CAN PRISONERS OWN CRYPTO?
by Nate Fish
Lemme Find Out
We’ve always heard prisoners can’t profit off their work. But we also know they DO get paid, and paid poorly, for their labor. So how does that make sense? What can and can’t prisoners get paid for? If they can’t receive dollars, can they own crypto? I had no idea, but I was going to find out by selling NFTs from incarcerated artists.
“As the most privileged members of our society plan their first post-covid vacation all expenses paid by crypto profits, what are the implications for the least privileged?”
According to the 13th amendment,“Neither slavery nor involuntary servitude, except as a punishment for crime whereof the party shall have been duly convicted, shall exist within the United States.” The law famously freed slaves and simultaneously created a new kind of slavery, prison labor, now a multi-billion dollar industry. We know, because of the 13th amendment, prisoners don’t receive proper pay for their labor, but can they have crypto accounts? — Build financial portfolios? — Credit? — Should they be allowed to, and should they choose to? As the most privileged members of our society plan their first post-covid vacation all expenses paid by crypto profits, what are the implications for the least privileged? — Can they get some too? — Or no? How far does the 13th amendment go?
“For the past five years I’ve been publishing the art and writing of incarcerated people... Truth is, we’ve never made much money, and by not much I mean no money, and by no money I mean I’ve lost money.”
Can I Even Do This?
I am not a constitutional lawyer — not even close. I am an artist, and for the past five years I’ve been publishing the art and writing of incarcerated people. For the books, I have the right to “…publish and sell the work in print and online.” After recouping the money I spend editing, designing, and printing the books, I donate 40% of profits back to the organizations we work with, orgs like Words Uncaged and the Justice Arts Coalition who administer arts programs in prisons and have large archives of prison art. Easy enough. It’s generous, I think. Truth is, we’ve never made much money, and by not much I mean no money, and by no money I mean I’ve lost money. Maybe what I possess in good intention I lack in marketing savvy. Or maybe the questions I am asking are the wrong ones. I am wondering if technically prisoners can access financial institutions from behind bars. Maybe I should be asking, considering our sales, does anyone give a shit? Does anyone care about prison or prisoners or what they teach us about ourselves? In any case, my newest scheme to scrape together enough money to publish our next book was to sell NFTs of the letters and drawings and photos and interviews I already possess. Could I use the same agreement we used for the books? Could I even do this? Can prisoners own crypto? — Or, more accurately, can I own it for them? I went on a journey to find out.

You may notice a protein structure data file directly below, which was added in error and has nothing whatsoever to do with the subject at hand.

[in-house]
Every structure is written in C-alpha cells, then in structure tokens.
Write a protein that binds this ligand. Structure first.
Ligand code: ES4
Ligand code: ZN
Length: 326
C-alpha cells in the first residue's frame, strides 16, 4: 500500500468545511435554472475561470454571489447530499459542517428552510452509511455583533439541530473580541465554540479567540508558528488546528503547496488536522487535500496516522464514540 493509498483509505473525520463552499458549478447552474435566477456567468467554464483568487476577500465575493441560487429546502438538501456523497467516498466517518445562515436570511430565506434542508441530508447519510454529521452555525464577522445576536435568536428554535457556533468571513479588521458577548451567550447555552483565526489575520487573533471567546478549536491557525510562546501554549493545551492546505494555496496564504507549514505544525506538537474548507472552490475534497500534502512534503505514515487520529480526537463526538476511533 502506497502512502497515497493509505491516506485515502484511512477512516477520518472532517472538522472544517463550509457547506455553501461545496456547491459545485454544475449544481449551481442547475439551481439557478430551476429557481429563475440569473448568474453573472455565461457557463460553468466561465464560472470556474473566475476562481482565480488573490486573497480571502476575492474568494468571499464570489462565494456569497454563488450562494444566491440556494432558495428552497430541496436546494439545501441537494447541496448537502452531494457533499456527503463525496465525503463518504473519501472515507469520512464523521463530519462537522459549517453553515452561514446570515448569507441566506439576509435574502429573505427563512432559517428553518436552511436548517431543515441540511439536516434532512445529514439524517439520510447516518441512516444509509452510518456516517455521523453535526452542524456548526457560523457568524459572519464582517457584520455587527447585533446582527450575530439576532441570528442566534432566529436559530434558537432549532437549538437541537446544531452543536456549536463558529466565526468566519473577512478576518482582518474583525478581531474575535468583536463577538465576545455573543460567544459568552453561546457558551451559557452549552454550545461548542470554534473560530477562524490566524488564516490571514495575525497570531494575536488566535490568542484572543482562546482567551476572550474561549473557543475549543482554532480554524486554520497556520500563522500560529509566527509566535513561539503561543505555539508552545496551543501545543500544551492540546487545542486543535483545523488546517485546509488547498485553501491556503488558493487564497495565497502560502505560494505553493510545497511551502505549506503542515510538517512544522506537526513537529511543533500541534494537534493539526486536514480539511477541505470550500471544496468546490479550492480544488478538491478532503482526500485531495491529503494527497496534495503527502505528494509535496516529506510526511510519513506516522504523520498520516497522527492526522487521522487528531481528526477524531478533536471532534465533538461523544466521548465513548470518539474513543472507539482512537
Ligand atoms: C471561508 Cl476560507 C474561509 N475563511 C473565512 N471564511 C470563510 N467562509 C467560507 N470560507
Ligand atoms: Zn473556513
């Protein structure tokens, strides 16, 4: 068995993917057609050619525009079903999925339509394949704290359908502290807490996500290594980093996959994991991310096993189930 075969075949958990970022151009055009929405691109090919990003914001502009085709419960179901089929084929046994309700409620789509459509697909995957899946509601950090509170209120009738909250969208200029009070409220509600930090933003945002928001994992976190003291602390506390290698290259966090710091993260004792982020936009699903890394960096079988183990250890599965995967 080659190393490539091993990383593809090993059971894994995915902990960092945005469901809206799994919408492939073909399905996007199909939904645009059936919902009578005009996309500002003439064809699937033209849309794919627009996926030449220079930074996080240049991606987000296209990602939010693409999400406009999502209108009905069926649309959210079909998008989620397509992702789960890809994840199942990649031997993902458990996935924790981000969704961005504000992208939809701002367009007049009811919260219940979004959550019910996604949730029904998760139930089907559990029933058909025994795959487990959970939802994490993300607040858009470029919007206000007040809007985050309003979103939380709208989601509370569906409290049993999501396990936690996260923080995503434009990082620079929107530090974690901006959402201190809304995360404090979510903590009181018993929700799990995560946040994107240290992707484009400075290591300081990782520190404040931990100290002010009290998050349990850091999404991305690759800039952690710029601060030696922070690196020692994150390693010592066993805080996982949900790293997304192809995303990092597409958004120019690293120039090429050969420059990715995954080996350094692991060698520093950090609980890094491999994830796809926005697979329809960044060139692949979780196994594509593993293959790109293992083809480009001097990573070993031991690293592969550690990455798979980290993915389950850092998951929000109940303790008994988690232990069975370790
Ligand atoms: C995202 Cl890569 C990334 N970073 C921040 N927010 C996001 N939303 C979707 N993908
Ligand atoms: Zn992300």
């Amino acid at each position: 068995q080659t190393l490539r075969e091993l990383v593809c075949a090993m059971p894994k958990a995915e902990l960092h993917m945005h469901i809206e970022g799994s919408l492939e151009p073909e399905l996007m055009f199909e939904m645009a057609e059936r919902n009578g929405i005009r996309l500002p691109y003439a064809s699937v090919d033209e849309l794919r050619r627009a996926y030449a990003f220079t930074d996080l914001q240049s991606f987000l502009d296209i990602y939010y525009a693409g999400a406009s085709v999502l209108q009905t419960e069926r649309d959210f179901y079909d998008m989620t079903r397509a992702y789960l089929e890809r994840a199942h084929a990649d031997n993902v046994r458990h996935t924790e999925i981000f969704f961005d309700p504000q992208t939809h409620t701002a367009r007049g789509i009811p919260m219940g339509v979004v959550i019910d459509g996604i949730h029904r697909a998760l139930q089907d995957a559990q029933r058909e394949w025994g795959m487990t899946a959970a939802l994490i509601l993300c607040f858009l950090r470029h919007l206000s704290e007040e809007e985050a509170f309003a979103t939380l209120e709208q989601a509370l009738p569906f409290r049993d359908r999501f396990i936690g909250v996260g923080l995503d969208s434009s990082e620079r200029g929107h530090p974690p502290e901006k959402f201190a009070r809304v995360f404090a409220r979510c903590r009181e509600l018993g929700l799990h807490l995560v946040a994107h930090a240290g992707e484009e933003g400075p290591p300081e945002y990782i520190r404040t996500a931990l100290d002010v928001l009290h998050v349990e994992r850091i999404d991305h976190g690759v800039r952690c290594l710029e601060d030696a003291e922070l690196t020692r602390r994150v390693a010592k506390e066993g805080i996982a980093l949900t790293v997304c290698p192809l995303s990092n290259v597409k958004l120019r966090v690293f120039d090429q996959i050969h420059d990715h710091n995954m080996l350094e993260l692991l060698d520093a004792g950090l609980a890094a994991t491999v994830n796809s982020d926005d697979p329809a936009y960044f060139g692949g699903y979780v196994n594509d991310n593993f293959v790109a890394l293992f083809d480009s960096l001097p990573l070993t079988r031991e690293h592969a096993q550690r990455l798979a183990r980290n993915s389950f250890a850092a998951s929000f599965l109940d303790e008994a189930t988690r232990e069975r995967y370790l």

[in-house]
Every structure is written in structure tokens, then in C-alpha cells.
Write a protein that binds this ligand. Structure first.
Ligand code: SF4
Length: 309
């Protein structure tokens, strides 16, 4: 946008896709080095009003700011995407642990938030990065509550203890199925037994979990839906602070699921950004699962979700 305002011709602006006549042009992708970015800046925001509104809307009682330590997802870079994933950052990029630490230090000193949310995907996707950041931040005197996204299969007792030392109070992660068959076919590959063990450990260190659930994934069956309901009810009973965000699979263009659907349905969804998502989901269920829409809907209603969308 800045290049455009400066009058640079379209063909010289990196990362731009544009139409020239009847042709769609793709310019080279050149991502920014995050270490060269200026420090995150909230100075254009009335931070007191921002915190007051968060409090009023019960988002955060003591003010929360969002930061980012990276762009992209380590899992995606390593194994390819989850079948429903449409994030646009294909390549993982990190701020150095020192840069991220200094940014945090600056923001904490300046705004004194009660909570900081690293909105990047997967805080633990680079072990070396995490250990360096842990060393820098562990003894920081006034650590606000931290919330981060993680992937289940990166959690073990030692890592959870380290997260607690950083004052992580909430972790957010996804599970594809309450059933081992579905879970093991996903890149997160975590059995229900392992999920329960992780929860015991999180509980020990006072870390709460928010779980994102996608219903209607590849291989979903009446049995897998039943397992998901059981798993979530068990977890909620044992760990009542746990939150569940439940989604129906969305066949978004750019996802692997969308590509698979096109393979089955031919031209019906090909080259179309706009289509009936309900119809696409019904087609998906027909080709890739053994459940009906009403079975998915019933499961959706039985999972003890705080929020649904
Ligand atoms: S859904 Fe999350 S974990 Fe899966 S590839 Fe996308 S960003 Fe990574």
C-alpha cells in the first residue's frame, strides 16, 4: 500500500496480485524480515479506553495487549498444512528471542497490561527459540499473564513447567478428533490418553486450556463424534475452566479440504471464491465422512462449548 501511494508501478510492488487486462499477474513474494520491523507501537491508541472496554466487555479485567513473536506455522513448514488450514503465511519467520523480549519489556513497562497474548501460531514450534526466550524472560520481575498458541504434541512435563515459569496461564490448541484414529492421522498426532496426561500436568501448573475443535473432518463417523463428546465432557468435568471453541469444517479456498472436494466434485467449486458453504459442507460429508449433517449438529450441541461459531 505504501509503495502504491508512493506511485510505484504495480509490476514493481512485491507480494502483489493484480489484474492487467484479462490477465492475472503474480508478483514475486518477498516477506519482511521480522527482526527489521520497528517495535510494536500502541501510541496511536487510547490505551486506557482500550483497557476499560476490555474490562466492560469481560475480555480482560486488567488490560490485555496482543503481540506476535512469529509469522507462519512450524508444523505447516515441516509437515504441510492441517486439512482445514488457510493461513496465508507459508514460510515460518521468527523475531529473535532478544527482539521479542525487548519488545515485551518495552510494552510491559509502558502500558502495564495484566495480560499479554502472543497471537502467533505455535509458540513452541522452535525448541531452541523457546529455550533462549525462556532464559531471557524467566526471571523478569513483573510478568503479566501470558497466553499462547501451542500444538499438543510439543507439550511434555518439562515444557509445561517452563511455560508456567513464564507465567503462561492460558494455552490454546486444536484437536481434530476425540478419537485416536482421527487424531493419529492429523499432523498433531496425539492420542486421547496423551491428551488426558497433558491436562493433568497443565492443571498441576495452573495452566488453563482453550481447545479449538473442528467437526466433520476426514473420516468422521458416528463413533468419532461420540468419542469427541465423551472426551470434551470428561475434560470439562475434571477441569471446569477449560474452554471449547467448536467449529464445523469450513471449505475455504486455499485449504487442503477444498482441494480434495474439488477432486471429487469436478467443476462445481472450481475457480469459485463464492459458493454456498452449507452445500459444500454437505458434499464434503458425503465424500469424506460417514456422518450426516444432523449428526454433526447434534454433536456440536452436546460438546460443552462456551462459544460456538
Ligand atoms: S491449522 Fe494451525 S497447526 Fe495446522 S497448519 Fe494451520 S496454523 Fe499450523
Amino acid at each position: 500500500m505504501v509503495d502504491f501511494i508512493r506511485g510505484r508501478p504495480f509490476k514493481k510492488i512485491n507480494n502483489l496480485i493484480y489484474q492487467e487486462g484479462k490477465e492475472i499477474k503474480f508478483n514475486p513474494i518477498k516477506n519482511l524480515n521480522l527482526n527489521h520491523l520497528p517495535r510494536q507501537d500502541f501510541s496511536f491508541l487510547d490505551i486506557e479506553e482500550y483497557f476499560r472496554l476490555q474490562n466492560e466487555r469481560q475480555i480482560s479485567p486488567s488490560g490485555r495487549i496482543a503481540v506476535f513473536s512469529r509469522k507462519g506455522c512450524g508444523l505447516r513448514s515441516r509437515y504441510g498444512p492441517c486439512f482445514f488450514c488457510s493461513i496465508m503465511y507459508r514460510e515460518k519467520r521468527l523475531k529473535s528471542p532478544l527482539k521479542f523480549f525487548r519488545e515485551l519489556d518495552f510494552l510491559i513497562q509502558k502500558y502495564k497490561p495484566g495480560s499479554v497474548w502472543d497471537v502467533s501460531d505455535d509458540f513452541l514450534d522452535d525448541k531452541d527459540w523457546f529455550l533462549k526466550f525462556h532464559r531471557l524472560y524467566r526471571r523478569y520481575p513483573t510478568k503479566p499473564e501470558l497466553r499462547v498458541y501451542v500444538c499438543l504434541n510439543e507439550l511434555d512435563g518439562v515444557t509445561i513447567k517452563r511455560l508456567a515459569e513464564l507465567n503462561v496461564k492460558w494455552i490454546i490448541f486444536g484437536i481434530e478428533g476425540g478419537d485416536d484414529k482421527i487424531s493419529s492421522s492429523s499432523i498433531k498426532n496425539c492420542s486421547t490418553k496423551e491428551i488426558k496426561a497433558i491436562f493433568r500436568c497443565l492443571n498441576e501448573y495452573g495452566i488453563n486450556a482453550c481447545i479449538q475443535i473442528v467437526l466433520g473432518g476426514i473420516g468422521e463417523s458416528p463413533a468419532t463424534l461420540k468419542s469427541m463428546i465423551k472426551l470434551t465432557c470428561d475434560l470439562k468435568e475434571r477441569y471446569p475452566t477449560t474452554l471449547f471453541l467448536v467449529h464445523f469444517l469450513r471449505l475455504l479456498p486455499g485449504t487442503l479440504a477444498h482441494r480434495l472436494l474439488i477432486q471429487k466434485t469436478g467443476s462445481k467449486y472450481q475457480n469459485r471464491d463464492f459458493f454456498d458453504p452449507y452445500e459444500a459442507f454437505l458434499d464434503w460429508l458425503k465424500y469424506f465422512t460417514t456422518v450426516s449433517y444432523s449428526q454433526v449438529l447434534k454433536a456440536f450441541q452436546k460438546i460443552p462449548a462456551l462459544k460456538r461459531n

Son of Sam
Turns out, in addition to the 13th amendment, there is another well-known, relevant law, the Son of Sam Law. This is the law that specifically says prisoners cannot profit from the publicity of their crimes, and even more specifically, in book publishing deals. But a quick Google search also shows, “Yes, inmates can write books in prison. Inmates can also publish books and profit from those books in prison as long as they follow the rules of the institution and as long as the books are not related to the crime for which they are serving time.” This is consistent with my experience. Different prisons have different rules. And the work we publish is not about crime. It’s mostly about the opposite of crime, healing. So far, in the clear.
“…crypto isn’t exactly traditional capitalism. It’s sort of anti-capitalism, a way to take power from the institution and give it to the individual.”
Putting The “I” In Capitalism
After a little research, the first thing I had to do, of course, was buy some crypto. I am generally conflicted about whether or not to get into stocks and crypto. I see friends making money, but I am also publicly critical of capitalism. Earlier this year, I published a book titled, “You’re A Racist: Thoughts on Race in America’’, about capitalism and the other isms it leads to, so how can I justify opting in? But crypto isn’t exactly traditional capitalism. It’s sort of anti-capitalism, a way to take power from the institution and give it to the individual. And I wasn’t totally self-interested (though, to be honest, I wasn’t totally not self-interested either). I was representing those who cannot represent themselves, so, in my own estimation, my ethical slate was clean[ish], so I bought a couple hundred bucks of Ethereum, the currency of NFTs, and signed up for Open Sea, a platform where you can buy and sell them. First, I uploaded some of my own paintings to learn how to use Open Sea. I created a five-day auction for “New York, New York” starting at .5 Ethereum (roughly $1,700 at the time). Next, I posted “Dollar Dollar Bill Y’all” for the wapping sum of 1 full Ethereum coin. Neither sold, but at least I understood how to mint NFTs and put them on the market. After Open Sea’s “gas fees”, I was down to half what I originally put in. Was everyone going to make money but me? Was my track record as a bad capitalist with good karma going to continue forever?
“… an unchartered territory in an unchartered territory.”